I have often groused about the lack of security in Microsoft products. While looking to get a Raspberry Pi, I wandered down a set of links that ended up on Yet Another Microsoft Security Hole…
Seems that the Internet Explorer Browser has a hole in it allowing folks to take over your computer. Why am I not surprised?
I regularly rotate between machines, browsers, etc. party to assure that no given platform has “much of interest” on it if it gets hacked. Partly just as I like to play on different platforms. Partly because some platforms have particular bits of software that I need. In general, I’ve preferred Linux or Macintosh. The first for what it lets me do, the second for being about as secure and easy to use and you can get. For about the last year, I’ve been on an HP Laptop with Windoz… it’s “pretty good” but “has issues”. I won’t go into all of them here ( the only HP one is that the keyboard had letters ‘wear off’ inside 6 months. Now I’ve got maybe 1/3 of the keys blank. Good thing I touch type…)
One of the first things I did was to install “other browsers”. Generally I use Firefox or Opera. I avoid Chrome due to the tendency for Google to suck up all possible information about you and what you do, and sell it to folks or use it against your privacy. Internet Explorer gets used when some web site writes bad code that depends on I.E.isms to work. Other than that, I avoid it. At this point, I’m not even going to use it for that…
Oh, and in related news, Java has a critical hole in it, too… so folks are being advised to turn off Java ‘for a while’…
Microsoft has told us about a fresh bug in its Internet Explorer web browser which is being exploited in a zero day attack.
A spokesVole said attackers can exploit the bug to infect the PC of somebody who visits a malicious website and then take control of the victim’s computer.
The software maker advised customers on its website late on Monday to install the security software as an interim measure, buying it time to fix the bug.
Security researchers think that Vole will have an update for its browser in about a week.
The tool that Microsoft is suggesting is known as the Enhanced Mitigation Experience Toolkit, or EMET, is available through an advisory on Microsoft’s website: blogs.technet.com/b/msrc/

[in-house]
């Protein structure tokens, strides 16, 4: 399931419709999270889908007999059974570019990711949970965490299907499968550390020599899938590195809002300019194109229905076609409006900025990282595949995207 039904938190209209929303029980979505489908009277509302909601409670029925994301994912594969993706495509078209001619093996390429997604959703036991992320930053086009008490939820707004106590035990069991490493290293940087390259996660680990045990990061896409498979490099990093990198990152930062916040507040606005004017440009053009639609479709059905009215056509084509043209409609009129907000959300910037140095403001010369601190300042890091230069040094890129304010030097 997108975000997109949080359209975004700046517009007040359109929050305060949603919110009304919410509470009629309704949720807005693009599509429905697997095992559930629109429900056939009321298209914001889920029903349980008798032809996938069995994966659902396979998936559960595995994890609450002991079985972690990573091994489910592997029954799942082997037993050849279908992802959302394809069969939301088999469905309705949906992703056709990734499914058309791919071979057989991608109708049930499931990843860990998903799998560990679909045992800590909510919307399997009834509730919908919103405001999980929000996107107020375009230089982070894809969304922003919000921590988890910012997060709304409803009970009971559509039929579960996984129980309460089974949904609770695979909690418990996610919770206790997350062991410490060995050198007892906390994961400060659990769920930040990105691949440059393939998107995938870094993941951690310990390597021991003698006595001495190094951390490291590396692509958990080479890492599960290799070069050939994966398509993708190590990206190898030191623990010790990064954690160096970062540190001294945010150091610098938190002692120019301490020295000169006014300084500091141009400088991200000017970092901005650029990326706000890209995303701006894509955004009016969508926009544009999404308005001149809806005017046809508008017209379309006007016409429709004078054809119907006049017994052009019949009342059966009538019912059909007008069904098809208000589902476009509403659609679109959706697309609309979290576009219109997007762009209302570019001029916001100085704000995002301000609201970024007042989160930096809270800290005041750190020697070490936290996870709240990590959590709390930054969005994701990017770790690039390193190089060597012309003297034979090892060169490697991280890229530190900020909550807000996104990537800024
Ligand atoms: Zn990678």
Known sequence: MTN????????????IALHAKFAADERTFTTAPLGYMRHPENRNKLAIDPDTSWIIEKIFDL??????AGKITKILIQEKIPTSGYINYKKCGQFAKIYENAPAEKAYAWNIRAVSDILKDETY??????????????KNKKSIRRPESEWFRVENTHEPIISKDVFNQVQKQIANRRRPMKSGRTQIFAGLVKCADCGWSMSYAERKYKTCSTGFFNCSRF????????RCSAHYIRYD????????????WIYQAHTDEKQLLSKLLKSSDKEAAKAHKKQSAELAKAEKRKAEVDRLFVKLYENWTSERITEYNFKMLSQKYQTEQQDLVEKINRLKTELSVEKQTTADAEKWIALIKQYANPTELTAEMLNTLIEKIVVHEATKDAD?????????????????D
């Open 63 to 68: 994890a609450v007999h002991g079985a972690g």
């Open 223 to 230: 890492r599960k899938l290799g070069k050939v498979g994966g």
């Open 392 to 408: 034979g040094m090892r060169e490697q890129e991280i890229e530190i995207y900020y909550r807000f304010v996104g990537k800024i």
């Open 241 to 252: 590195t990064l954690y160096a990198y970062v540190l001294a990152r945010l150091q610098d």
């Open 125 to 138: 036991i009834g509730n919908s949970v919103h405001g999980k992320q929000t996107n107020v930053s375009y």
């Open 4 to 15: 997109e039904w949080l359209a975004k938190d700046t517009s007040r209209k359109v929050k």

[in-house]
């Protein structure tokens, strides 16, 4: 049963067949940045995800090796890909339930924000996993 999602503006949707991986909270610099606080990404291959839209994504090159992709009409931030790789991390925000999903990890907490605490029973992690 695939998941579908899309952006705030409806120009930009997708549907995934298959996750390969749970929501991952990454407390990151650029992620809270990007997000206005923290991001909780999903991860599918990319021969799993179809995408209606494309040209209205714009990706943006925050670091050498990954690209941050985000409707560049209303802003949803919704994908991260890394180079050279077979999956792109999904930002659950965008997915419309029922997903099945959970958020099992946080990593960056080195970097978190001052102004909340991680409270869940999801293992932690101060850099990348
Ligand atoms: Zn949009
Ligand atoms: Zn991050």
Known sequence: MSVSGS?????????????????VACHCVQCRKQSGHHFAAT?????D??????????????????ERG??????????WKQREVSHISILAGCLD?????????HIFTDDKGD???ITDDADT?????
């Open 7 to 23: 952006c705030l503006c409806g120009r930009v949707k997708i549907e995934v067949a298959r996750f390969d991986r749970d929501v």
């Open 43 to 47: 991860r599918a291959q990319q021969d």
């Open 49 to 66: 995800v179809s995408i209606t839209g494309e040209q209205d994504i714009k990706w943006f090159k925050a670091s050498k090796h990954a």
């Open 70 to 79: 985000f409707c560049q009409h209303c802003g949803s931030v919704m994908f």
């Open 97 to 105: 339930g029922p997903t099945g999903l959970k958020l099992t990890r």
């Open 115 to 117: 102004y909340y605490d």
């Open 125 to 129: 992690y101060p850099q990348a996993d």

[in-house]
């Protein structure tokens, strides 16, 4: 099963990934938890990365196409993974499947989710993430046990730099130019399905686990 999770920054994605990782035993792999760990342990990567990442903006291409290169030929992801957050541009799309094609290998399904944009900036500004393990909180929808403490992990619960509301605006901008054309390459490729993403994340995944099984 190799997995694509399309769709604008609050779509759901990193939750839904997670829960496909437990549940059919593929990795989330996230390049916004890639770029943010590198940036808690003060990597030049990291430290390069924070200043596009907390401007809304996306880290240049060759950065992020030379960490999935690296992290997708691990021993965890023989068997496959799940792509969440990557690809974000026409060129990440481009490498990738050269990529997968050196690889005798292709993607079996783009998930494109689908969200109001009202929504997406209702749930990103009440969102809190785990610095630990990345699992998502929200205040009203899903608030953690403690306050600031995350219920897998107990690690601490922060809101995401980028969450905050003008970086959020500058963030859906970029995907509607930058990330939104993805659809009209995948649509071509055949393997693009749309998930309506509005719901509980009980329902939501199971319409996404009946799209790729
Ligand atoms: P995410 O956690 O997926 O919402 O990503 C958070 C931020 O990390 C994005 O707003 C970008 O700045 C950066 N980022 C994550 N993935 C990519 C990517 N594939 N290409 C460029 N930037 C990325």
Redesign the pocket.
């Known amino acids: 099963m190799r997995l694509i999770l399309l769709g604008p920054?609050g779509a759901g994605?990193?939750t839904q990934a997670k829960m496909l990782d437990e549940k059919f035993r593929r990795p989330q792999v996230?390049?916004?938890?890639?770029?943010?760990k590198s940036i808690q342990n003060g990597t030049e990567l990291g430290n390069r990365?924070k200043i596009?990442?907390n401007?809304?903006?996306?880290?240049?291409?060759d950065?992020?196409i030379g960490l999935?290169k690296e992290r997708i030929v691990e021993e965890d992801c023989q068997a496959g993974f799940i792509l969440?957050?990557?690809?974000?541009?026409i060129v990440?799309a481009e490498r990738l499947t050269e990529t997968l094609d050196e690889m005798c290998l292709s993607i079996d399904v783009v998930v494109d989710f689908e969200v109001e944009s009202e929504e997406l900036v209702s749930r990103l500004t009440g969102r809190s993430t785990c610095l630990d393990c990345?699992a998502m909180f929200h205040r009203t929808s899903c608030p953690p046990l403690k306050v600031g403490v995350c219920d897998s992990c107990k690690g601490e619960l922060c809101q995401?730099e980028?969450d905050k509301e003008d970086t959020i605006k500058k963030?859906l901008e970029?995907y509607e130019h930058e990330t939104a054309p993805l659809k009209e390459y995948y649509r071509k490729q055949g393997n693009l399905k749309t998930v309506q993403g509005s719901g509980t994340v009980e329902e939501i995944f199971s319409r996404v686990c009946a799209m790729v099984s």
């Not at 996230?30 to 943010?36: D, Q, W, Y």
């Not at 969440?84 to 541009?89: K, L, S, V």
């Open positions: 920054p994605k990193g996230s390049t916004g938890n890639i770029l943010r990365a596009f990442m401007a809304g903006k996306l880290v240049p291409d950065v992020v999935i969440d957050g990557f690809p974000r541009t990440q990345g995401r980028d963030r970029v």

The software needs to be downloaded, installed and then manually configured to protect computers from the newly discovered threat.
This makes it pretty useless to the great unwashed who still have not worked out how to program their video recorders.
A “zero day” attack is one that is done when a bug is found, but not yet known to the public and fixed by the vendor. The first day it shows up is in an attack on ‘day zero’…
So if you use I.E. you are running wide open, and will be for a while… Oh, and the “fix” is something suited for the Tech Savy to do… but they won’t be running I.E. anyway, IMHO.
Germany has told it’s folks to just bail on I.E. and move on. I agree.
Germany urges users to ditch Internet Explorer
Exploit perils too risky
19 Sep 2012 09:58 | by Nick Farrell in Rome
History has repeated itself as the German government, famous for giving Firefox a leg up a few years ago, has told users to abandon Internet Explorer for something safer.
According to NDTV, the German government has told the Great Unwashed that they should temporarily stop using Microsoft’s Internet Explorer following the discovery of a yet-to-be repaired bug in the web browser that the software maker said makes PCs vulnerable to attack by hackers.
The flaw, which allows a zero day attack to be carried out on machines using IE9, surfaced over the weekend.
Yeah, I’m finding this about 10 days late. Somehow I think most folks are still just finding out…
The German Federal Office for Information Security, or BSI, said that it was aware of targeted attacks and all that was needed was to lure web surfers to a website where hackers had planted malicious software that exploited the IE bug to infect their PCs.
It announced that a fast spreading of the code has to be feared and has called on all users of Internet Explorer to use an alternative browser until the manufacturer has released a security update.